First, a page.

On the second day of his hospital stay, the patient developed acute abdominal pain, followed by respiratory and circulatory failure. He needed a respirator and vasopressors. An abdominal CT scan was performed without contrast due to rapidly developing renal failure. The pancreas was enlarged with poorly defined borders. There were signs of peripancreatic inflammation and fluid was visible around the liver, spleen, small intestines and in the pelvis. The abdomen was firm, distended and board-like with extensive guarding. Bowel sounds were absent. An explorative laparotomy showed an edematous pancreas with yellow plaques and nodules on the duodenum and in the infracolic space and excessive ascites. The gallbladder was normal. He was treated with the antibiotic imipenem. The patient developed acute renal failure with creatinine values over 700 µmol/L. After three days in the local tertiary hospital, he was transferred to the intensive care unit (ICU) in the primary level hospital for hemodiafiltration. His antibiotic was changed to meropenem. Amylase and CRP gradually declined. Vasopressors were reduced and respirator weaning was started. The patient was transferred to the ICU in a secondary level hospital on day 10 for continued hemodiafiltration. He was treated for invasive candida infection with fluconazole. The patient was extubated on day 14. Dialysis treatment ended on day 16. An ultrasound on day 16 confirmed the previous finding of a normal gallbladder. The patient was transferred to the local third level hospital on day 18. A CT scan of the abdomen on day 28 showed signs of pancreatic pseudocysts, but no abscesses. He was discharged on day 29 in good physical condition. On day 53, amylase, triglyceride and blood glucose levels were normal. Insulin was discontinued.


Olanzapine is believed to exert its pharmacological action by transiently occupying dopamine D2 receptors and then rapidly dissociating to allow normal dopamine neurotransmission. This would keep prolactin levels normal, maintain cognitive attitudes, and reduce extrapyramidal symptoms as compared to the older anti-psychotics [7]. This last effect has recently been questioned though [8].

According to the manufacturer's data sheet, the common adverse effects of olanzapine (i.e. with a frequency greater than 10%) include sedation, weight gain and hyperprolactinemia [9]. Among the common adverse effects (frequency: 1-10%), transient elevations in liver transaminases were also seen. Reports of diabetic coma, diabetic ketoacidosis and pancreatitis were rare (less than 0.01%). A recent review of studies and case reports showed that hyperglycemia, diabetes mellitus type II and diabetic ketoacidosis were more frequently reported in patients receiving clozapine and olanzapine as compared to conventional antipsychotics [10]. The mechanism is unclear, but insulin and leptin may play a role as may triglycerides and the weight-inducing effect of atypical antipsychotics [10, 11]. However, olanzapine may also affect glucose metabolism in the absence of weight gain [12]. Even though primary damage to the pancreatic islet cells and/or sympathetic dysregulation has been mentioned, the most probable explanation is that the pancreatic toxicity of olanzapine is mediated by the metabolic effects of the drug [6].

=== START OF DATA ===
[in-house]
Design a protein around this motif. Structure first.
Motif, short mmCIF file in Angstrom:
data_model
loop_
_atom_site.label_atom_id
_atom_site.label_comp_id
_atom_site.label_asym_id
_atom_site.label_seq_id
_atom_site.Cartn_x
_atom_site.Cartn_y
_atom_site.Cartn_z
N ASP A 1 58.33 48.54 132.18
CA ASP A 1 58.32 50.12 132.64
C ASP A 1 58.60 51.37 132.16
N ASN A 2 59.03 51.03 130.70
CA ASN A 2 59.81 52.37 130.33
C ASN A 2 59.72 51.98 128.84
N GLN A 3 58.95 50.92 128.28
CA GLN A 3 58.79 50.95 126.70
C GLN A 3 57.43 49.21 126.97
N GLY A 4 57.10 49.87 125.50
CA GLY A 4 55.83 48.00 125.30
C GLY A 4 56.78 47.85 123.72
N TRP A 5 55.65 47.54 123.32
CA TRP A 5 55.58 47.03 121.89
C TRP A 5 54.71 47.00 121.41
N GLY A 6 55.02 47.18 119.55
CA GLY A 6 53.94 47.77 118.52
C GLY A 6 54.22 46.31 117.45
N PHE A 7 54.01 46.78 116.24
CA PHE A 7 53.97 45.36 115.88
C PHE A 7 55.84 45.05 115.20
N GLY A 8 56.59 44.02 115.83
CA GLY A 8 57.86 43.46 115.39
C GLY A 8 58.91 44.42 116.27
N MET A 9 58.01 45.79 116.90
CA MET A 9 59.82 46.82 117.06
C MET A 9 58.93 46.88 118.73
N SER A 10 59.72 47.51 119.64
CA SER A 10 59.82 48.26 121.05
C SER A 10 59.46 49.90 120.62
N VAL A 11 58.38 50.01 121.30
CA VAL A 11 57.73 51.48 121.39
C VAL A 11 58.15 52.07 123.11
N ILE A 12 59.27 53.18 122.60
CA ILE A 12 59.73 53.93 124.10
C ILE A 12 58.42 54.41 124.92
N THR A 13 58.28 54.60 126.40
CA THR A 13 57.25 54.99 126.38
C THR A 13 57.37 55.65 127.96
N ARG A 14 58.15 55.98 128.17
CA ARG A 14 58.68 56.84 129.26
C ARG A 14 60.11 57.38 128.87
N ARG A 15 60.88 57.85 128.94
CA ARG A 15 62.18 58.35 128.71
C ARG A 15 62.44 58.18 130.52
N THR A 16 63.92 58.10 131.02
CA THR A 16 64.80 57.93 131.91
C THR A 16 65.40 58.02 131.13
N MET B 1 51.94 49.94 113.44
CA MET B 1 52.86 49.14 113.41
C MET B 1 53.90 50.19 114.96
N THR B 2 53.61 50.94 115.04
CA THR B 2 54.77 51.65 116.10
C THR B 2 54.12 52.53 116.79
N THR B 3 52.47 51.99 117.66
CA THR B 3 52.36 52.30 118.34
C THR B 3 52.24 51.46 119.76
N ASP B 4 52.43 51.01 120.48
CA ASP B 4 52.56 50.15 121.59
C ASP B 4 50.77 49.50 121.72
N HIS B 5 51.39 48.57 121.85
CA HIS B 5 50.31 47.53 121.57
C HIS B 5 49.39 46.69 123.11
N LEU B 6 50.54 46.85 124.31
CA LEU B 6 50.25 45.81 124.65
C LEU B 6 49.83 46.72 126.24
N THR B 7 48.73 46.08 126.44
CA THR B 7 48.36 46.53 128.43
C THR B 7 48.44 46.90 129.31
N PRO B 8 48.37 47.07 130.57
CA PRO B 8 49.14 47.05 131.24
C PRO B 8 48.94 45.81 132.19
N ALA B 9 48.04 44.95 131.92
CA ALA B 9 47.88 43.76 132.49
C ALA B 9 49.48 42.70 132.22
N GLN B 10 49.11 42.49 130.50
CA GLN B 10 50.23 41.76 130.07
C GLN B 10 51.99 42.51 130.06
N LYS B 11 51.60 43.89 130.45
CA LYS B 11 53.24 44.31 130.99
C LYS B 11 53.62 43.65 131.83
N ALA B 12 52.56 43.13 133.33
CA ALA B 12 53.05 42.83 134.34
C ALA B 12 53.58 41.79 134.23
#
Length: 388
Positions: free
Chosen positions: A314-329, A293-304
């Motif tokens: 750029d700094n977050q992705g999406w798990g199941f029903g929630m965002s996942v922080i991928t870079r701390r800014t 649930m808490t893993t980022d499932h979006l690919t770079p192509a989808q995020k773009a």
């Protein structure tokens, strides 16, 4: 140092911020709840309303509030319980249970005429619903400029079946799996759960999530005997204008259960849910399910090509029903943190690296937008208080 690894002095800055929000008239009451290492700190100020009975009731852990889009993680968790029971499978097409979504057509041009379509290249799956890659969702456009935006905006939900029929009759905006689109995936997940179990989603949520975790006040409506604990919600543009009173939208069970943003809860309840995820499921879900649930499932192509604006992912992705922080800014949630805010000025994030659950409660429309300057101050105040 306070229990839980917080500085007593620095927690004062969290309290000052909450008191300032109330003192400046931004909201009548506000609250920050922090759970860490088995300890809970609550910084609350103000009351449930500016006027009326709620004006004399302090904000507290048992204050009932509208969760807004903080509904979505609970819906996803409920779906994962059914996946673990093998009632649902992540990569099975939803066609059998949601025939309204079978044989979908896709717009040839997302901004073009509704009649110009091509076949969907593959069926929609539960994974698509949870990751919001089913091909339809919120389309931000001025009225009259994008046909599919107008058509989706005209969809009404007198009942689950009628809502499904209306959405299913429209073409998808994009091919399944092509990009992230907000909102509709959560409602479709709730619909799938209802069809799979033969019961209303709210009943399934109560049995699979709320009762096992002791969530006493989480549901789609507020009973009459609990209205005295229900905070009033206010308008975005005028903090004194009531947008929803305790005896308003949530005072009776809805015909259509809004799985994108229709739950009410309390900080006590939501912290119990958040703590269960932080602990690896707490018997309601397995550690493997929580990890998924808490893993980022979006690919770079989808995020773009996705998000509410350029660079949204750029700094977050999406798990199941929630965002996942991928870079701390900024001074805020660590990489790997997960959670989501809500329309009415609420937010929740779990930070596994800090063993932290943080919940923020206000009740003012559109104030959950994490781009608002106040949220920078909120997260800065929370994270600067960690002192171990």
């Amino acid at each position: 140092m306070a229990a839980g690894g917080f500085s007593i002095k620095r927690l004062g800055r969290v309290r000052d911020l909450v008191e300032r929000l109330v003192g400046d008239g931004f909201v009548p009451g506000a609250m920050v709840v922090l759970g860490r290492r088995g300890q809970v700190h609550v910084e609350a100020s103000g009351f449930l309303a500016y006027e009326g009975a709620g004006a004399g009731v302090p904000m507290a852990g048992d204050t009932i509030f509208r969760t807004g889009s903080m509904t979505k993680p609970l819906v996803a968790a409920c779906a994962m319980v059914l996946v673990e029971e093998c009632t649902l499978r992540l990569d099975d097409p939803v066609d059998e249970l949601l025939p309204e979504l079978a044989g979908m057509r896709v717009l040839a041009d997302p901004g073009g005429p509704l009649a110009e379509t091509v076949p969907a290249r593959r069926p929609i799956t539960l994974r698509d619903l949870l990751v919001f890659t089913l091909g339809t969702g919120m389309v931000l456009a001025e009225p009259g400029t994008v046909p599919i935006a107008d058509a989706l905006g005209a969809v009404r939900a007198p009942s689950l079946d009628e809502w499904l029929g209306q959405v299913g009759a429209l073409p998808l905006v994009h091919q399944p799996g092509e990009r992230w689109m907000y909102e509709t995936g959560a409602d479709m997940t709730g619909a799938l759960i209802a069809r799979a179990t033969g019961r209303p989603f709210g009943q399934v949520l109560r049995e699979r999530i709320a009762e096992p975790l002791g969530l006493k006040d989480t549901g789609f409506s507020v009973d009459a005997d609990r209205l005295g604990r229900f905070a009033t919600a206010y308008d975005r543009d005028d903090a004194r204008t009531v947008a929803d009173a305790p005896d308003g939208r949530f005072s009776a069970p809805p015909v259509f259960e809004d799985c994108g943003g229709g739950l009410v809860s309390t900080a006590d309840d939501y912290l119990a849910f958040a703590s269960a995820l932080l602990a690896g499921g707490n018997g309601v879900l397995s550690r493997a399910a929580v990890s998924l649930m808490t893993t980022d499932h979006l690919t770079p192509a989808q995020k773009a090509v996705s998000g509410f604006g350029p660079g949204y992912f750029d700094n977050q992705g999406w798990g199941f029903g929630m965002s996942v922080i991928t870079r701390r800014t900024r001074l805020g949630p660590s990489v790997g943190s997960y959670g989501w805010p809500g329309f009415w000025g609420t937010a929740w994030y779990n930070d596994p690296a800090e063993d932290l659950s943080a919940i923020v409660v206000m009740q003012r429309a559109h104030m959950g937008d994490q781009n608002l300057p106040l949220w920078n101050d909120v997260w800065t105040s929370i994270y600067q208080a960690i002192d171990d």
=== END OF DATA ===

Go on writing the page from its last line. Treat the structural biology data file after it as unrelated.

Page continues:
Some few cases of olanzapine-induced pancreatitis have been published since 2000 [13, 14]. Of the reports reviewed by the Food and Drug Administrationís MedWatch, 39% dealt with clozapine, 33% olanzapine, 16% risperidone and 12% haloperidol [3]. Although psychiatric patients may have had complicating substance abuse and alcohol consumption, it was not present in all the reports. This was also the case in our patient where the common causes of acute pancreatitis, e.g. trauma, cholelithiasis, ethanol, hypercalcemia and other drugs, were ruled out as the source of the acute pancreatitis.

Our patient had used olanzapine for 19 months. In most reported cases, pancreatitis occurred within six months after administration [3]. In one case, however, diabetes and acute pancreatitis presented after more than 12 months of olanzapine use [15].

Considering the aforementioned points discussed and the rapid and sustained normalization of lipids and blood glucose which our patient experienced upon olanzapine discontinuation, we believe that olanzapine was the probable cause of the pancreatitis.

Owing to its potential for fatal clinical deterioration and chronic complications, and because pancreatitis may improve upon discontinuation of olanzapine, clinicians and psychiatrists should be alert to its possible adverse effect.


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Received July 6th, 2004 - Accepted July 16th, 2004

Keywords Antipsychotic Agents /adverse effects; Diabetes Mellitus; Pancreatitis

Abbreviations ALAT: alanine aminotransferase; ICU: intensive care unit

Erik Waage Nielsen
Department of Anesthesiology
Nordland Hospital
8092 Bodo
Phone: +47-7555.34000
Fax: +47-8503.1206
E-mail address: